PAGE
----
Now it seems to be a moment when the theory of verse (in particular of lyric composition) must, in order to solve a number of its problems, turn to comparisons drawn from the theory of musical form.
Up to now, the “musicality” of verse has been taken to mean phonetic orchestration. It is necessary to contrast this with the intonational aspect, whose connection with music is completely organic. At the same time, the issues of the pronunciation of lyrics, which have been so vague up to now, should be clarified. After all, the main difference between the actor’s and the poet’s declamation is in the ways of intonation. The actor, following his stage habit, keeps speech intonations intact, and if he changes them, then only in the direction of strength, “expressiveness”. The poet’s intonations are based on the rhythmic-syntactic structure—the melodization is obtained, and a special lyrical tune [liricheskii napev] appears. So far, this has been considered a subjective and therefore secondary fact. In connection with the general question of the melody of verse, the attitude to this fact must change.
Y. N. Tynyanov […] points out that A. Akhmatova’s songful recitation, given the spoken character of her poetry, presents the same contradiction between poetic and declamatory style as he noted between the narrative style of Blok’s poetry and the songfulness of his recitation. The speaker [Sergei Bernshtein] questions the correctness of defining Akhmatova’s poetic style as conversational. He notes that Akhmatova’s declamation, chanted in the way of melodizing, lacks intonational dominant [lishena intonatsionnoi dominanty]. The chairman [Boris Eikhenbaum] […] together with Y. N. Tynyanov, states, that between Blok and, especially, Akhmatova’s nature of poetic creativity, on the one hand, and the declamatory manner, on the other, there is a certain contradiction: the considerable variety of poetic styles she [Akhmatova] uses corresponds to a monotonous declamation, automated and not subjected to any variations. This moment of automatization must be taken into account especially seriously when one is going to consider the poet’s declamatory manner as a commentary on his artistic conception.28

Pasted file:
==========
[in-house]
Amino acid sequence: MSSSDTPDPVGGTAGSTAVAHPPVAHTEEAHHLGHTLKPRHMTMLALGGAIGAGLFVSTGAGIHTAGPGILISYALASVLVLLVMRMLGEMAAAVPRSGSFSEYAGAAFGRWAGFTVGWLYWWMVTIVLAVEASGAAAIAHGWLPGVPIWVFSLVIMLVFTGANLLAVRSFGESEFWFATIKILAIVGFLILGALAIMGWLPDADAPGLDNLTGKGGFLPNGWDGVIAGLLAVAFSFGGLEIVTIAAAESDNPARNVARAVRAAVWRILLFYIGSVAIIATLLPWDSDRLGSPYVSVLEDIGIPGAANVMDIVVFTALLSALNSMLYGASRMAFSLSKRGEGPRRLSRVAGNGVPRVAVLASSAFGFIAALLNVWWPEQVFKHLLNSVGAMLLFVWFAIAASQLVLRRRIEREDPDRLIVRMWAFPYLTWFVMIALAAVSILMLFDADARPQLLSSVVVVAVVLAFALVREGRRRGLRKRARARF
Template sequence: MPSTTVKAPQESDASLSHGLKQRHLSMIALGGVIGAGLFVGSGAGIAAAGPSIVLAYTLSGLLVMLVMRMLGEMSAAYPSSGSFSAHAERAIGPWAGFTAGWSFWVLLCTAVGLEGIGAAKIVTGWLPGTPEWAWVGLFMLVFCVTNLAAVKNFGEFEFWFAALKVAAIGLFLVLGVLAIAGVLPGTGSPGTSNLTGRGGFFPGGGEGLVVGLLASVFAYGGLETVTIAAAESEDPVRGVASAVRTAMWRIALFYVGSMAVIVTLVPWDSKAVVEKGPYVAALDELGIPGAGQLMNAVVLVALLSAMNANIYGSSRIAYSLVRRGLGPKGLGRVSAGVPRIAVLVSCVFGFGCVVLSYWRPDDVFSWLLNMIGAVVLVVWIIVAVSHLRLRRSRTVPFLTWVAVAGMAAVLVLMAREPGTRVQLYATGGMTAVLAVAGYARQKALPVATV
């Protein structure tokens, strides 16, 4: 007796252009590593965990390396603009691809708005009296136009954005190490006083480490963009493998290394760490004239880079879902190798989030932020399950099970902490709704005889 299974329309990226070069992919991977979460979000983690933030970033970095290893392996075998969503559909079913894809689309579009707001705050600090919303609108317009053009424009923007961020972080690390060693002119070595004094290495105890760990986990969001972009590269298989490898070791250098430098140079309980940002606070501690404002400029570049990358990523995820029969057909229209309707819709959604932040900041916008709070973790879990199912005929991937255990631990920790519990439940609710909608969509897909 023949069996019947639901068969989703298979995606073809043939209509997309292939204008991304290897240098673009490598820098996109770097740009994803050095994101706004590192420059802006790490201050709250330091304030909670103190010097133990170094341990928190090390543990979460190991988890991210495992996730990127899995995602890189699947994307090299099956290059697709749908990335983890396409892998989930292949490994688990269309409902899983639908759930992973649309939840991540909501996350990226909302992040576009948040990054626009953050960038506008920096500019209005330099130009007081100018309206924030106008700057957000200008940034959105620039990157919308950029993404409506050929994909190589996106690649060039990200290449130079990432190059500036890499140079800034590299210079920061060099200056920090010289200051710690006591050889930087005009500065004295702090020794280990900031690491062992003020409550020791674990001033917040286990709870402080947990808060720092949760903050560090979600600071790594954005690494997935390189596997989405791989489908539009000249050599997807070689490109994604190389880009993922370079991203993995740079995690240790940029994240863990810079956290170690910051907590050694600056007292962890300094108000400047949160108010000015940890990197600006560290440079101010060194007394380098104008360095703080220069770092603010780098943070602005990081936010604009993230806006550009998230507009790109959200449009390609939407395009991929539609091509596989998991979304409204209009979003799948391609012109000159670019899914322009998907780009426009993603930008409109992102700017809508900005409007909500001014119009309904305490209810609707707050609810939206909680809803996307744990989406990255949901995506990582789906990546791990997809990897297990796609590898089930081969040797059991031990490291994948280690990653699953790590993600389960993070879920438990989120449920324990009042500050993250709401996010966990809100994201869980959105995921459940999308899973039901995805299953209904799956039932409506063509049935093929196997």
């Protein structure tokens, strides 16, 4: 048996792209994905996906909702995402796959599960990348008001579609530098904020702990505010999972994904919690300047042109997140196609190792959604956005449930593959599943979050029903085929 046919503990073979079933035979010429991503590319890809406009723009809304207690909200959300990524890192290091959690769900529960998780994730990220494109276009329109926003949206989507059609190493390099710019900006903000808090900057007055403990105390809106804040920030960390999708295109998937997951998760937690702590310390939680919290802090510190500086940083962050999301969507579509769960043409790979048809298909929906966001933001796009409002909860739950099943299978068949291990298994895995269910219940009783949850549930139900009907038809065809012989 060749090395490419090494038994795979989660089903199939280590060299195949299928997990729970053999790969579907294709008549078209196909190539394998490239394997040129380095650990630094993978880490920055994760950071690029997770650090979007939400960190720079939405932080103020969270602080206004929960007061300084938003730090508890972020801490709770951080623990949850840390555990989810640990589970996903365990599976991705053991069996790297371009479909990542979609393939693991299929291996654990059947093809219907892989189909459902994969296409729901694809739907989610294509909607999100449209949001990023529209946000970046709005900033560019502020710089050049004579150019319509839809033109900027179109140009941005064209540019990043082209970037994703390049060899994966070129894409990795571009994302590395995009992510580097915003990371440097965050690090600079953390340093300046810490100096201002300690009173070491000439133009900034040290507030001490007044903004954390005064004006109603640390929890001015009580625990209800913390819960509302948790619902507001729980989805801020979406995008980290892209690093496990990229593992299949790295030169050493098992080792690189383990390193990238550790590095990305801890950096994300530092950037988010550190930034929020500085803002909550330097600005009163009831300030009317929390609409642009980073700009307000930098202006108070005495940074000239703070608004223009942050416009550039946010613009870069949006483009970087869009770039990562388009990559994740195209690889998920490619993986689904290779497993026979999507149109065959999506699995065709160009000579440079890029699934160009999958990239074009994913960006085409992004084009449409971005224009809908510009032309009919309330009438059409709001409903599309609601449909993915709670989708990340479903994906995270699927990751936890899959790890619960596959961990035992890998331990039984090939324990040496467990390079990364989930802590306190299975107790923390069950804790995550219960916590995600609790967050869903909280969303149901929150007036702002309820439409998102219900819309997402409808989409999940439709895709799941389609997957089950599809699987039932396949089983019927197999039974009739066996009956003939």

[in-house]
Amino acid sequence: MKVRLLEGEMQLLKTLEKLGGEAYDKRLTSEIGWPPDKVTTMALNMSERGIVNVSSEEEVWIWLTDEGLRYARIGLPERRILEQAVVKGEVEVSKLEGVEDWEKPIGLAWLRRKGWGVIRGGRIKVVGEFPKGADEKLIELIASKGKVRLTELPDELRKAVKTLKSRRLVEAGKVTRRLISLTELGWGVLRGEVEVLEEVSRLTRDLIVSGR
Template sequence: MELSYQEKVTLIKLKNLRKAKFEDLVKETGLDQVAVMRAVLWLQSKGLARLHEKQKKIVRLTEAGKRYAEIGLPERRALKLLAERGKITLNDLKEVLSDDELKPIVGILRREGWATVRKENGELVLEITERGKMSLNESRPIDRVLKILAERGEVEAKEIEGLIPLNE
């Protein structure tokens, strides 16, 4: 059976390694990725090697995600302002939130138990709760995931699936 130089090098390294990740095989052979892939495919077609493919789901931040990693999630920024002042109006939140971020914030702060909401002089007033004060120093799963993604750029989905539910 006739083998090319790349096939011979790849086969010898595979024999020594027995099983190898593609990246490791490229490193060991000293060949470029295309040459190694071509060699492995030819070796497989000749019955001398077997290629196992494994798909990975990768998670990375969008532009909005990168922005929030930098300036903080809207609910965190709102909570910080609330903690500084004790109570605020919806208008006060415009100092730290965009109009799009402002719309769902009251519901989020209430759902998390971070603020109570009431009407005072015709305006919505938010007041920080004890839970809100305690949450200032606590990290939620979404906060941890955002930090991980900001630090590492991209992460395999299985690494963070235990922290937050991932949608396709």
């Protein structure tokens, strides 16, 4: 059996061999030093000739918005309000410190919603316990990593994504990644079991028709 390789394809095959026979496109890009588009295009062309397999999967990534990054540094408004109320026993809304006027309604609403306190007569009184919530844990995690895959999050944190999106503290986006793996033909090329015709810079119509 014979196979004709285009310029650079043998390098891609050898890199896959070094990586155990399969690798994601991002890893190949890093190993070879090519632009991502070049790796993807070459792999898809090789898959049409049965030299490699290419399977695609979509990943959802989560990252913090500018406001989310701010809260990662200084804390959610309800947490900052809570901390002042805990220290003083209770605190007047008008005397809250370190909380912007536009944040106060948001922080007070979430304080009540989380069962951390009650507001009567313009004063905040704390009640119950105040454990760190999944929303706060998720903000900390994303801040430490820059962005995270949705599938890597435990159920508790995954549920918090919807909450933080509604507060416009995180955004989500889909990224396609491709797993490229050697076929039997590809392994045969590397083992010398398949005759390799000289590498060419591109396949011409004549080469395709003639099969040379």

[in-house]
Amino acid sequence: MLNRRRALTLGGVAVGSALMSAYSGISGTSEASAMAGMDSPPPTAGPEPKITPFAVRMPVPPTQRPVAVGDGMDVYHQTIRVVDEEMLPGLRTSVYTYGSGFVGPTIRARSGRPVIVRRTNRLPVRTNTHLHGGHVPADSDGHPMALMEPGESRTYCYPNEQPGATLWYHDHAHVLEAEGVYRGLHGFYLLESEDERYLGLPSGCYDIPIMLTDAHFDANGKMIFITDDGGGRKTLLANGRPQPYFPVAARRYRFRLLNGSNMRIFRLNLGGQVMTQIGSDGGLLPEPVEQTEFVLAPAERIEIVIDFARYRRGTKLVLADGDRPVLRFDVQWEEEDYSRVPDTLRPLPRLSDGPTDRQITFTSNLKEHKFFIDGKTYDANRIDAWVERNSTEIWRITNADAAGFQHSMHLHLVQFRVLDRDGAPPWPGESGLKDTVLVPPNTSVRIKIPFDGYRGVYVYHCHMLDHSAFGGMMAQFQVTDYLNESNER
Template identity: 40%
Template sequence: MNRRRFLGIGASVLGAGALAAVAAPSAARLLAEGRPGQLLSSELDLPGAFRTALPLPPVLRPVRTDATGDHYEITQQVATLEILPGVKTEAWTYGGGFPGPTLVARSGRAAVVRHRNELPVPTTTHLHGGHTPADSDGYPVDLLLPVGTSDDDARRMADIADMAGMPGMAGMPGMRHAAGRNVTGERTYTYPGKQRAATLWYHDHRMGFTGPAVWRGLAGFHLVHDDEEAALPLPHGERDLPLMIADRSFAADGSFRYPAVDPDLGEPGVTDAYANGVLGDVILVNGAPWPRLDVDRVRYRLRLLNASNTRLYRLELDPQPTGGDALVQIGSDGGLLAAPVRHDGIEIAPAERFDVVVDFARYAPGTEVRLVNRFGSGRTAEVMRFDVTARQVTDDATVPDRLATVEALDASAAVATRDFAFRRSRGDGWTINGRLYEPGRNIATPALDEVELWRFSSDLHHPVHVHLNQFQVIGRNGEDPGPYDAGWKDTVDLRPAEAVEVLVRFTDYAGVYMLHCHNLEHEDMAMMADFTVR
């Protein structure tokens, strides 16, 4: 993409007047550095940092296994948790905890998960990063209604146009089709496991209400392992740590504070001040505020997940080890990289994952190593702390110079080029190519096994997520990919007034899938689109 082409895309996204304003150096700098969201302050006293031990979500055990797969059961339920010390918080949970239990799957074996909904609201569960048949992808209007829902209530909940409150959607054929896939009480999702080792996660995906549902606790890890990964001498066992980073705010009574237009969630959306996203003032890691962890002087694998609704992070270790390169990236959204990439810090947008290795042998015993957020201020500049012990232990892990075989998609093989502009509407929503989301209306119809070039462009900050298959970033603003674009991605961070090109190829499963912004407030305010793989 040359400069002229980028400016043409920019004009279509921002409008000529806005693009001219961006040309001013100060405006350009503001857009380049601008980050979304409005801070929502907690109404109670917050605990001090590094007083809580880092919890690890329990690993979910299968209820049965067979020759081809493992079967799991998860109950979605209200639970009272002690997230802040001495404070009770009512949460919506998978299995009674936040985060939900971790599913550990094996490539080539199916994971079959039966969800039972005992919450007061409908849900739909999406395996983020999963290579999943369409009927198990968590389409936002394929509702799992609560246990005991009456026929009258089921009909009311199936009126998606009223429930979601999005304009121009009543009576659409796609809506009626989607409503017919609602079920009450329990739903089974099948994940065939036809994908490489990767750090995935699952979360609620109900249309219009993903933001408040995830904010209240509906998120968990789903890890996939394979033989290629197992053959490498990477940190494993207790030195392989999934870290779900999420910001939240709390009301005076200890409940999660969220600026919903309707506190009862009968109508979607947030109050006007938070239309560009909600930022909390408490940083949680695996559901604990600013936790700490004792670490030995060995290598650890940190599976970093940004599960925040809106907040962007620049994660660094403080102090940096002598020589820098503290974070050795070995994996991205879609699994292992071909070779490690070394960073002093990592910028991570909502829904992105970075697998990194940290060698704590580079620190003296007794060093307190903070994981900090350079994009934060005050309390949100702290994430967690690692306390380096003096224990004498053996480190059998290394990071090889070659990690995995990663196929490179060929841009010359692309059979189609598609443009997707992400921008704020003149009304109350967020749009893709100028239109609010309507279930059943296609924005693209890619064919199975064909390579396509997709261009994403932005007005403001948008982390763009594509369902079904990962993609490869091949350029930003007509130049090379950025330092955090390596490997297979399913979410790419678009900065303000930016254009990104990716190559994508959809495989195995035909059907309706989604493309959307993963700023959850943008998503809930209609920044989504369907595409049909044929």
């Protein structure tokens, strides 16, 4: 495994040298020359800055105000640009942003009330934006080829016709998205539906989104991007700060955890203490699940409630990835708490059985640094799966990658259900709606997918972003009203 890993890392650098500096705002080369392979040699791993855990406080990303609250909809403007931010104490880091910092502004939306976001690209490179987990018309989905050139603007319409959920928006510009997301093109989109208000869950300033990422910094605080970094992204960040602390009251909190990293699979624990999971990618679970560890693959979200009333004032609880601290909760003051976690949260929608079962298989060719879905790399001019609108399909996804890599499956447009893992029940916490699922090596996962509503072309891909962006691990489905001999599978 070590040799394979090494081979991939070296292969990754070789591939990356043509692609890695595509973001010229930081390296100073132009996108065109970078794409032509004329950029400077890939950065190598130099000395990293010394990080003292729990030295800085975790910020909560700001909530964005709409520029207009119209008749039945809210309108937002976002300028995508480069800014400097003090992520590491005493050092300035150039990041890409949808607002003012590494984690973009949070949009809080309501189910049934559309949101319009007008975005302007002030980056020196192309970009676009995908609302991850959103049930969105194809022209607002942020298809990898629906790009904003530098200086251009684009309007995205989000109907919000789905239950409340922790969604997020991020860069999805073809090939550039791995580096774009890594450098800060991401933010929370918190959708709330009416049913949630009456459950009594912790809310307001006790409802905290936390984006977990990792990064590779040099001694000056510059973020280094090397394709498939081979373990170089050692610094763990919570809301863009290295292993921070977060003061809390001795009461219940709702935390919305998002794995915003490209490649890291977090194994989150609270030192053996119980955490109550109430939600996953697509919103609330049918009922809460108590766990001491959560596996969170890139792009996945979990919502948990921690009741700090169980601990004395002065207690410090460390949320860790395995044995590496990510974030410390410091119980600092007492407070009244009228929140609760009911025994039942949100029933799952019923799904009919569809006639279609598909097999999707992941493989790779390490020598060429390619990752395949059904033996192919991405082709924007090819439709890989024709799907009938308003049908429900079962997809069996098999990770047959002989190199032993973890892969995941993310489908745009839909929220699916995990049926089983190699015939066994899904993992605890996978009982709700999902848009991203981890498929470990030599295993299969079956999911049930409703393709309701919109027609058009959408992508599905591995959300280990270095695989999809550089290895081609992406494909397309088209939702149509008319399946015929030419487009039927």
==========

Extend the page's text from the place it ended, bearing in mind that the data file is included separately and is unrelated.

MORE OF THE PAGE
Defamiliarization, according to the Formalists’ beliefs, was meant to overcome automatism. Therefore, being a result of automatism, as Eikhenbaum suggested, this monotonous speech melody of Akhmatova‘s and Blok’s reading does not belong to the sphere of artistic techniques at all. Yet, in his article “On Chamber Declamation”, he returned to his early impressions of Alexander Blok’s reading of his poem on the occasion of actress Vera Komissarzhevskaya’s death in her memory in 1910. This time he related them to his understanding of poetry as a movement:
Blok’s reading was muffled and monotonous, he read somehow in separate words, evenly, pausing only after the ends of the lines. But thanks to this I perceived the text of the poem and experienced it the way I wanted to. I felt that the poem was being presented to me [stikhotvorenie mne podaetsia], not played out [ne razygryvaetsia]. The reciter helped me, not hindered me like an actor with his “feelings”—I heard the words of the poem and its movements.